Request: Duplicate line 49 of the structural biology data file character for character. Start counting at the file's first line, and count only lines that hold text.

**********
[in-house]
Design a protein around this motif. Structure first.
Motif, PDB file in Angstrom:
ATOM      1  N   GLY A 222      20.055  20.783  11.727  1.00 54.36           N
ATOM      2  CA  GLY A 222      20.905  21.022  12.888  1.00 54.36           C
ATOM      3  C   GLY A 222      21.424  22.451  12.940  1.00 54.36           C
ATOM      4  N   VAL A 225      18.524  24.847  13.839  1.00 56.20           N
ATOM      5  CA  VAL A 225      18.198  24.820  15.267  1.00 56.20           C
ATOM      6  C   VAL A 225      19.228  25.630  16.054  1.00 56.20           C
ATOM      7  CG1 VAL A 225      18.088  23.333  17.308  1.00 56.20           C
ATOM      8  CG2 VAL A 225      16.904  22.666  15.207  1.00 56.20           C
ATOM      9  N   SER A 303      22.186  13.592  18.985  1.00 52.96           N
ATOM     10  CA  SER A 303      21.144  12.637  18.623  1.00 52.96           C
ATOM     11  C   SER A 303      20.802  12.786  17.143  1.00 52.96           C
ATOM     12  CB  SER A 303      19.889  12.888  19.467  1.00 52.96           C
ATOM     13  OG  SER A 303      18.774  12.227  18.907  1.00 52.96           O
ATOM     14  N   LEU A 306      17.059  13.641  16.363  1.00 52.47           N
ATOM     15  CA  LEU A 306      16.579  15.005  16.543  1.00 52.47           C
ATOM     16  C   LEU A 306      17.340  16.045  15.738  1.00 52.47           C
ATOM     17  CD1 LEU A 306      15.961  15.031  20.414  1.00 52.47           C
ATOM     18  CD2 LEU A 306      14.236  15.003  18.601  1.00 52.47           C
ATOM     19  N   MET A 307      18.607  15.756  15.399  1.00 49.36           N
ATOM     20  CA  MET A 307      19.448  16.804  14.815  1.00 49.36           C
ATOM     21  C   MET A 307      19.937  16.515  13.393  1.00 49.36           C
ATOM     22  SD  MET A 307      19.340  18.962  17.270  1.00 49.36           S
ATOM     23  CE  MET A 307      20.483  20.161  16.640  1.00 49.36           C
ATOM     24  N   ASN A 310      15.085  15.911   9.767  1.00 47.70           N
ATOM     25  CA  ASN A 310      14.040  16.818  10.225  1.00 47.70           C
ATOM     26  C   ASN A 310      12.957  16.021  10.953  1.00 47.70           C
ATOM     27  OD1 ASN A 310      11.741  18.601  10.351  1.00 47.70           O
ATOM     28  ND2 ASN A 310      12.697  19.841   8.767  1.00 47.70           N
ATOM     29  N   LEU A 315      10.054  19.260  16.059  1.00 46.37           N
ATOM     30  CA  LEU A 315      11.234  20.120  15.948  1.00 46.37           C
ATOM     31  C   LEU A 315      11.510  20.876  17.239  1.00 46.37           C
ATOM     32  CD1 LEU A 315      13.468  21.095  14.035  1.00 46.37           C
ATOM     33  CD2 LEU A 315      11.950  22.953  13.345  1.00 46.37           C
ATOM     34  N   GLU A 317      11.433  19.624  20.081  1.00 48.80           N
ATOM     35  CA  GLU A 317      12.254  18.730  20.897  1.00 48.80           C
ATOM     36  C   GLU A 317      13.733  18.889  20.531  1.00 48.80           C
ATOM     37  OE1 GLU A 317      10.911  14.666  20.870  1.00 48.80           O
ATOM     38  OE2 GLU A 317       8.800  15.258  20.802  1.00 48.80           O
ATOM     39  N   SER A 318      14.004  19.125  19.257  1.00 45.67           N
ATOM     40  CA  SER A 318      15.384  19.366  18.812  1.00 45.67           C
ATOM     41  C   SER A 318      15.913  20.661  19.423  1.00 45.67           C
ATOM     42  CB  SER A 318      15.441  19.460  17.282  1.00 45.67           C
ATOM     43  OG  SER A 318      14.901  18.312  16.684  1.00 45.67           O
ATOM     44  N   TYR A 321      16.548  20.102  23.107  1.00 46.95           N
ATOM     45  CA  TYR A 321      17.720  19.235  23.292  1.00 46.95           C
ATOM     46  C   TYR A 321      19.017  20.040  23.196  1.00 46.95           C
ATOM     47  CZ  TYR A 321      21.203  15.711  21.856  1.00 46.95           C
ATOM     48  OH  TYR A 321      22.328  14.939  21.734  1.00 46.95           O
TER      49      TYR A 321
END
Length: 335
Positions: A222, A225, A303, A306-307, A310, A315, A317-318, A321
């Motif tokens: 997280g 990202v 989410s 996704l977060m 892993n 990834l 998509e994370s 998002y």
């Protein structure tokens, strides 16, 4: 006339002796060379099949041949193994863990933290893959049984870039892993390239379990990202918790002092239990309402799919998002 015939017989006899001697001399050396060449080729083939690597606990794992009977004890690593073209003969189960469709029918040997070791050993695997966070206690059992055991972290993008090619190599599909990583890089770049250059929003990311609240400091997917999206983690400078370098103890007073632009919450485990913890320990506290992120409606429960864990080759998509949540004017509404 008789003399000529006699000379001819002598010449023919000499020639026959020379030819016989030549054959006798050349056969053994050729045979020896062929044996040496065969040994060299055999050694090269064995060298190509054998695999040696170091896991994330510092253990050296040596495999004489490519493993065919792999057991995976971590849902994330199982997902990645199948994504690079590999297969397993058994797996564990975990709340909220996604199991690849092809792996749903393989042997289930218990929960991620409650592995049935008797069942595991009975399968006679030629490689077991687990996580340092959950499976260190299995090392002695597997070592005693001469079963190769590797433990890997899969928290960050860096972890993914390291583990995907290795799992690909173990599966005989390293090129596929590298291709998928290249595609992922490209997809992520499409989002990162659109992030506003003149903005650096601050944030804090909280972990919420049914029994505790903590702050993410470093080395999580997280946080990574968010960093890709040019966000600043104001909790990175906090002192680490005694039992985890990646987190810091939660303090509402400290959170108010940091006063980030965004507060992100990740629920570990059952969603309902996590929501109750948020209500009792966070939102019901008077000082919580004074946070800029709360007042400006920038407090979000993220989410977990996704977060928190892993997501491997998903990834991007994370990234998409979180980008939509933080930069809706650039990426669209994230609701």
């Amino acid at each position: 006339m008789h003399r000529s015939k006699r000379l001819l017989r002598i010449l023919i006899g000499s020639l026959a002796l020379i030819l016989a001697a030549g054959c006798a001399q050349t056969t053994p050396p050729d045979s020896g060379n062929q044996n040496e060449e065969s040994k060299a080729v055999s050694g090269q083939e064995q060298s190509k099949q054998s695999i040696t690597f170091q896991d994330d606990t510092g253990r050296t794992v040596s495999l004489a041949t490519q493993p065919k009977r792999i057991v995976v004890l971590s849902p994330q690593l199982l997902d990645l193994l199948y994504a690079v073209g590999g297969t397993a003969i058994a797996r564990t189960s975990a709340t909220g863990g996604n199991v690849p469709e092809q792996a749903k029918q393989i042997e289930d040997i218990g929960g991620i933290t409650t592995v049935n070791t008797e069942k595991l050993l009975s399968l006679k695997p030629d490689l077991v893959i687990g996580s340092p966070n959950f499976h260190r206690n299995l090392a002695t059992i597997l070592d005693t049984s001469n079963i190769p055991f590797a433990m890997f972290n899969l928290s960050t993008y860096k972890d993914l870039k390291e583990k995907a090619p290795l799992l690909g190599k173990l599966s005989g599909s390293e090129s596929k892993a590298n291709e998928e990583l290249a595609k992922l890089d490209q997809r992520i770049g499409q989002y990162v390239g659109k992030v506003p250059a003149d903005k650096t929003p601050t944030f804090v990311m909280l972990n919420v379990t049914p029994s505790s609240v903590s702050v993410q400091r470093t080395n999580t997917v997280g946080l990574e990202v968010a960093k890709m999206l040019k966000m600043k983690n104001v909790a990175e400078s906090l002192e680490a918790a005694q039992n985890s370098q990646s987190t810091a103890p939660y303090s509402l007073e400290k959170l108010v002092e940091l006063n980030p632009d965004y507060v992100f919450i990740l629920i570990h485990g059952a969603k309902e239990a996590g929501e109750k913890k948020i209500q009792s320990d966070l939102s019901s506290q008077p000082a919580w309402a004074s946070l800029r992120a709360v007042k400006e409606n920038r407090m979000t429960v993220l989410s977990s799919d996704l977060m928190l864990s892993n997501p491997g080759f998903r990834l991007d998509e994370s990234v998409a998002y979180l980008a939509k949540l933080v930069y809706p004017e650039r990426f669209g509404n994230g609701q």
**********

ATOM     46  C   TYR A 321      19.017  20.040  23.196  1.00 46.95           C